Grapevine is one of the most widely cultivated and commonly consumed fruit crops throughout the world due to its economic importance and essential nutrition [37, 38]. Although the BBX family has been identified in Arabidopsis, tomato, pear, and apple [3, 39,40,41], yet no comprehensive study of BBX genes in grapevine has been reported so far. With the release of the grapevine genome [42], we have a better possibility to systematically investigate the putative functions of BBX genes in grapevine. In this study, 24 non-redundant members of the VvBBX gene family were characterized in grapevine. Subsequently, the detailed gene structures, phylogenetic relationships, tissue expression profiles and expression profiles under different stress conditions were investigated. Our results of VvBBX genes will provide a foundation for further functional characterization of BBX genes in grapevine.


Identification of VvBBX genes in grapevine

To identify and obtain the BBX genes in the grapevine genome, the Arabidopsis BBX proteins were used as a query to search against the local grapevine genome database by using DNAtools software. Then, the hidden Markov model (HMM) profile of the B-box domain (Pfam00643) was employed to perform a global search of the grapevine genome. After analyzing the conserved domain and removing the redundant sequences, a total of 24 putative VvBBX genes were identified in grapevine. For the sake of nomenclature and consistency, these VvBBX genes were named from VvBBX1 to VvBBX24 depending on their homology to the pear BBX members, based on their similar numbers of BBX family between grapevine and pear [40]. The detailed information of VvBBX was listed in Table 1, including gene name, protein length, chromosome location, molecular weight, theoretical isoelectric point, aliphatic index, and GRAVY. The 24 VvBBX proteins had diverse molecular length and weight, ranging from 127 (VvBBX22) to 474 (VvBBX7) in amino acid length. VvBBX22 showed the lowest value of the molecular weight (14.26 kDa), while the highest of the molecular weight (51.43 kDa) was observed in VvBBX7. Theoretical isoelectric points of these VvBBX proteins varied from 4.29 (VvBBX21) to 9.01 (VvBBX24) and the value of the aliphatic index ranged from 47.66 (VvBBX23) to 78.38 (VvBBX24). The GRAVY of all VvBBXs was less than zero, indicating the hydrophilic nature of VvBBX proteins (Table 1). The majority of VvBBX proteins were predicted to be located on the nucleus by WoLF PSORT, but a few of them may be located in other subcellular compartments, such as chloroplast and cytoplasm (Table 1).

Table 1 BBX gene family in grapevine

Protein sequence and phylogenetic analysis of the VvBBX gene family

The length of VvBBX proteins varied widely from 127 to 474 amino acids. Among them, eight VvBBXs were found to contain two B-BOX domains and a conserved CCT domain. Nine members consisted of two B-BOX domains but no CCT domain. Two VvBBX contained one B-BOX plus a CCT domain, and five with only one B-BOX domain (Additional file 1: Figure S1). The protein sequence alignment and motifs logos showed that the B-Box 1 and B-Box 2 domains of the VvBBXs had similar conserved amino acid residues, and the CCT domain was also highly conserved among the VvBBX proteins (Additional file 2: Figure S2 and Additional file 3: Figure S3). The motifs logos of these domains were shown in Additional file 2: Figure S2, and their correspondence locations were illustrated in Additional file 3: Figure S3.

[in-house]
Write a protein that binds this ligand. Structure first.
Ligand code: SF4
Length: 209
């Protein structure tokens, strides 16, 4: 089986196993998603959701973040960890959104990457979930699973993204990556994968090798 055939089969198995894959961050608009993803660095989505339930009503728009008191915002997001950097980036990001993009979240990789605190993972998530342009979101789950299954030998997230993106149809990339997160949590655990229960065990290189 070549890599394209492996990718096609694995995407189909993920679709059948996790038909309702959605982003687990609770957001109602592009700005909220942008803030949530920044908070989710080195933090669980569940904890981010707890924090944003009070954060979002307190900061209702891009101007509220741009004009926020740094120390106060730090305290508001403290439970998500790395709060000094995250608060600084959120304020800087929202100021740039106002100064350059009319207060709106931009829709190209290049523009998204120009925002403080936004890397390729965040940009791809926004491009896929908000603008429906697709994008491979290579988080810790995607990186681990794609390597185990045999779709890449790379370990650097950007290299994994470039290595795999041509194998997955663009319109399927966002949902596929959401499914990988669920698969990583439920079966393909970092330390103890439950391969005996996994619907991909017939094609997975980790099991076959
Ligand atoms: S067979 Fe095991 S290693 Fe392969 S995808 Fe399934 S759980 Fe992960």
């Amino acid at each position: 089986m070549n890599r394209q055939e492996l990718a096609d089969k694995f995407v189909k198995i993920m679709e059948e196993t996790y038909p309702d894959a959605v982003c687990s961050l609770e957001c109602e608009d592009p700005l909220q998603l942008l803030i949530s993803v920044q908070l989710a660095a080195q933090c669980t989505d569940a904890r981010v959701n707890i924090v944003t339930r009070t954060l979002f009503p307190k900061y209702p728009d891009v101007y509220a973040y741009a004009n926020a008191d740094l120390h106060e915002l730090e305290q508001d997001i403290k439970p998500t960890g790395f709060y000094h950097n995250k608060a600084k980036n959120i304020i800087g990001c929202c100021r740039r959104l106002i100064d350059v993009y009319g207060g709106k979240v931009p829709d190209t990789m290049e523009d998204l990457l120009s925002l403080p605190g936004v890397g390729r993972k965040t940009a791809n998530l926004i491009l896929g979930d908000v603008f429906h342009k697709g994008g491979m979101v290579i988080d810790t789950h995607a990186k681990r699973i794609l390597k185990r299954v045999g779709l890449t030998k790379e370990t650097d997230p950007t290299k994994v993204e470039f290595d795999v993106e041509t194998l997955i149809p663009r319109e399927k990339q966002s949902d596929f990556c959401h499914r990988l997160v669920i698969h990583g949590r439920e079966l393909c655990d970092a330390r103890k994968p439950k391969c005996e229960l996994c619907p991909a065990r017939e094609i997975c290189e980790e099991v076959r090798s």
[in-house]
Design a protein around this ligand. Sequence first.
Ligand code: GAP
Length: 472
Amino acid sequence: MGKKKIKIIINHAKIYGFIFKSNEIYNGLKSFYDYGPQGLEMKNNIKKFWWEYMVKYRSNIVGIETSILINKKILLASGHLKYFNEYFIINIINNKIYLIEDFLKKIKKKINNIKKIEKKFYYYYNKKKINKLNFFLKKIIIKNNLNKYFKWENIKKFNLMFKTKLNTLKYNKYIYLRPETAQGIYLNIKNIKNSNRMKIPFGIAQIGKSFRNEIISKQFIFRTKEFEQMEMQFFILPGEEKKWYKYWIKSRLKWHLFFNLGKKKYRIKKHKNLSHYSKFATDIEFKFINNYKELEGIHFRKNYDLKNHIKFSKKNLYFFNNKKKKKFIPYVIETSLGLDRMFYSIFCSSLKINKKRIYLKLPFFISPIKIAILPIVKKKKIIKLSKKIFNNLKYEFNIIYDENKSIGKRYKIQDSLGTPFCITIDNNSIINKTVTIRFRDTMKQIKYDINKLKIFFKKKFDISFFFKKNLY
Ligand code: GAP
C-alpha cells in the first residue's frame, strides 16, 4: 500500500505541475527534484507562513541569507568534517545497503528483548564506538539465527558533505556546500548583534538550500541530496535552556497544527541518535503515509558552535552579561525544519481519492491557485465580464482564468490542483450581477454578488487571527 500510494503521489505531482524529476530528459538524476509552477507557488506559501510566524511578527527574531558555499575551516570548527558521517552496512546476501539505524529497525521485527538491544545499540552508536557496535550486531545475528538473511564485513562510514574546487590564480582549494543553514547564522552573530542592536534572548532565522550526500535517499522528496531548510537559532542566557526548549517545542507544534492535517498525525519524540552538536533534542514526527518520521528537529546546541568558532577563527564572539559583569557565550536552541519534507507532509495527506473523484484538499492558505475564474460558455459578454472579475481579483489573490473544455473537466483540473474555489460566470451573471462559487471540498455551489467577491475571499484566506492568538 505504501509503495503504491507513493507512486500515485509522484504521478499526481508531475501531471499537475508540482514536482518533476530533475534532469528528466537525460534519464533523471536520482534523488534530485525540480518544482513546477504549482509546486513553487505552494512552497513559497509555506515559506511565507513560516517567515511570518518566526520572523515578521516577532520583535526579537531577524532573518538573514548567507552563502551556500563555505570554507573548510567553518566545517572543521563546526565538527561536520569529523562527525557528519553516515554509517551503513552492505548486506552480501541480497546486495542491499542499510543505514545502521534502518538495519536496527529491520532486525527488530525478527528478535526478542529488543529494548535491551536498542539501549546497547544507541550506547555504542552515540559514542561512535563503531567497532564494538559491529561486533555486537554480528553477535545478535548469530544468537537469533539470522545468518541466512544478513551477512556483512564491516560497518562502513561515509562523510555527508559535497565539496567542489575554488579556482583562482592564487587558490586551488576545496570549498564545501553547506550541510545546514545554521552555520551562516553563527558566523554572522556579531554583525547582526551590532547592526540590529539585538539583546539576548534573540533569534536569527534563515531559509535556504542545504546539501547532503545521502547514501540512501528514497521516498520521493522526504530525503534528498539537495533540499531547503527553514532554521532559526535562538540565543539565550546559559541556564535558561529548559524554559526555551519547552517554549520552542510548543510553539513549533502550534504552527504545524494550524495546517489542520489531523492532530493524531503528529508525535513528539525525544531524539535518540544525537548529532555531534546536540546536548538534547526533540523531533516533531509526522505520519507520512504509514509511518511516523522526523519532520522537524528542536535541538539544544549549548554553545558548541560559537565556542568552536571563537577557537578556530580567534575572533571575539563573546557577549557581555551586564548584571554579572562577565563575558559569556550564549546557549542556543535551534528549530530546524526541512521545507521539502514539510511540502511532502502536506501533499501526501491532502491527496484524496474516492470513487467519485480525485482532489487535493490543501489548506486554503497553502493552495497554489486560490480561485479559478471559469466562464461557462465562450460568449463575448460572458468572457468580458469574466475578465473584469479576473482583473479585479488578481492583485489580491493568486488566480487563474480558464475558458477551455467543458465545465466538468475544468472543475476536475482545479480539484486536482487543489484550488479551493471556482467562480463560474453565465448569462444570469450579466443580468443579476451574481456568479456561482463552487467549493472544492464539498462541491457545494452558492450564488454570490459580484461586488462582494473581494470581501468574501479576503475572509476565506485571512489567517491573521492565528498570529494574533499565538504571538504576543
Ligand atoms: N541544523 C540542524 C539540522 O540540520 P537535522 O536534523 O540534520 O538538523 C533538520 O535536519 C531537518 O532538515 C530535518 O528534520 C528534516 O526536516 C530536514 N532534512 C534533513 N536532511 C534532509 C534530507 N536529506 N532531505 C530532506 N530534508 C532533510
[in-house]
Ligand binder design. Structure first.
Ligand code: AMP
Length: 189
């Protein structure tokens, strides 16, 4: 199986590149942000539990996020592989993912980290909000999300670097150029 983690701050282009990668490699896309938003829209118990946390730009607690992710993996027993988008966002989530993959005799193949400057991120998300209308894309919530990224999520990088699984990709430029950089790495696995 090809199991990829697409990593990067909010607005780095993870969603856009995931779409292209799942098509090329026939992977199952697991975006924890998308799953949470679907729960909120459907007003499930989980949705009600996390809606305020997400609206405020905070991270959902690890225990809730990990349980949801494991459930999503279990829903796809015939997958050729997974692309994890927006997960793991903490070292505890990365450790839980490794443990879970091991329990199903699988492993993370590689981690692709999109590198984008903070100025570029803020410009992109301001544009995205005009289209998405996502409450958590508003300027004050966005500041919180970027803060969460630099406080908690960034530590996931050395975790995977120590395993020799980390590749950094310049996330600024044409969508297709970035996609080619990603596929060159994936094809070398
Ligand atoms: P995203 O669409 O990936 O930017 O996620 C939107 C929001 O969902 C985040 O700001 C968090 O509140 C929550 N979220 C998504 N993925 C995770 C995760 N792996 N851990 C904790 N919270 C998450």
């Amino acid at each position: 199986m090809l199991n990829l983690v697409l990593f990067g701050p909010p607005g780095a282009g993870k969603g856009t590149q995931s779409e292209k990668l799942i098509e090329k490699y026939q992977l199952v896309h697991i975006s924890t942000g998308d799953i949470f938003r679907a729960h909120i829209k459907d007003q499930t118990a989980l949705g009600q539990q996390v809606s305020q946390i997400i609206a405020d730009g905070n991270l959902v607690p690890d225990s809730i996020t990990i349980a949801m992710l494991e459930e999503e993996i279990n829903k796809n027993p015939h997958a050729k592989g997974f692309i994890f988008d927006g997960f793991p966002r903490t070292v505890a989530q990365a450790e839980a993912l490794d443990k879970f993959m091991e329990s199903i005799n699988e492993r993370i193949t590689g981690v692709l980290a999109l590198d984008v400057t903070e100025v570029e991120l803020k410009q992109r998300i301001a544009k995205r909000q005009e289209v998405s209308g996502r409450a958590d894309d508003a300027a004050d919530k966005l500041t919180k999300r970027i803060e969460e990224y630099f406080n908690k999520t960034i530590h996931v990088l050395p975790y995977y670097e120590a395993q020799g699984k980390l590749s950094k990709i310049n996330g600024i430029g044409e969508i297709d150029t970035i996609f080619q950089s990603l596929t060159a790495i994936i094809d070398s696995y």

To explore the evolutionary relationship and functional divergence of the VvBBX members, full-length amino acid sequences of VvBBXs and pear BBXs (PbBBXs) was used to construct the phylogenetic tree by using the neighbor-joining and maximum likelihood method in MEGA, respectively (Fig. 1a and Additional file 4: Figure S4). As shown in the phylogenetic tree (Fig. 1a and Additional file 4: Figure S4), the VvBBX family was divided into five subgroups according to the phylogenetic analysis and consistent with the previous study in pear, tomato, and Arabidopsis [3, 39, 40]. Additionally, to gain a better understanding of the classification of BBX members, the phylogenetic tree of VvBBXs, together with PbBBXs, AtBBXs, and SlBBXs was also constructed by using the maximum likelihood method (Additional file 5: Figure S5). As shown in the phylogenetic tree (Additional file 5: Figure S5), all BBX proteins were also divided into five subgroups and most BBX members from grapevine and pear clustered together. Furthermore, the sequences of B-Box 1 (Fig. 1b), B-Box 2 (Fig. 1c) and CCT (Fig. 1d) domain were also employed for the phylogenetic analysis, respectively. The members of subgroups I, II and III contained both B-BOX and CCT domains except for VvBBX9 and VvBBX10, which only owned two B-BOX domains. On the contrary, the members in subgroup IV and V had no CCT domain and only contained two or one B-BOX domain(s), respectively. Eight VvBBXs in subgroup I and II contained all the three domains, and they could be divided into two different groups (Fig. 1b, c, and d). Three of them (VvBBX1, 2, 3) were clustered together in subgroup I, while the other five members from subgroup II also aligned together.

Fig. 1

Phylogenetic analysis of BBX genes in grapevine and pear. a The full-length amino acid sequences of BBX proteins from grapevine (VvBBX) and pear (PbBBX) were aligned by ClustalX, and the phylogenetic tree was constructed using the neighbor-joining method with1000 bootstrap replicates by MEGA5.0. b, c, d The trees shown were based on the alignments of the protein sequences of the B-Box 1 domain, B-Box 2 domain and CCT domain, respectively. The bootstrap values were indicated at each node. The members marked in black triangle contain two B-BOX and one CCT domains

Chromosomal localization, gene duplication and gene structure analysis of VvBBXs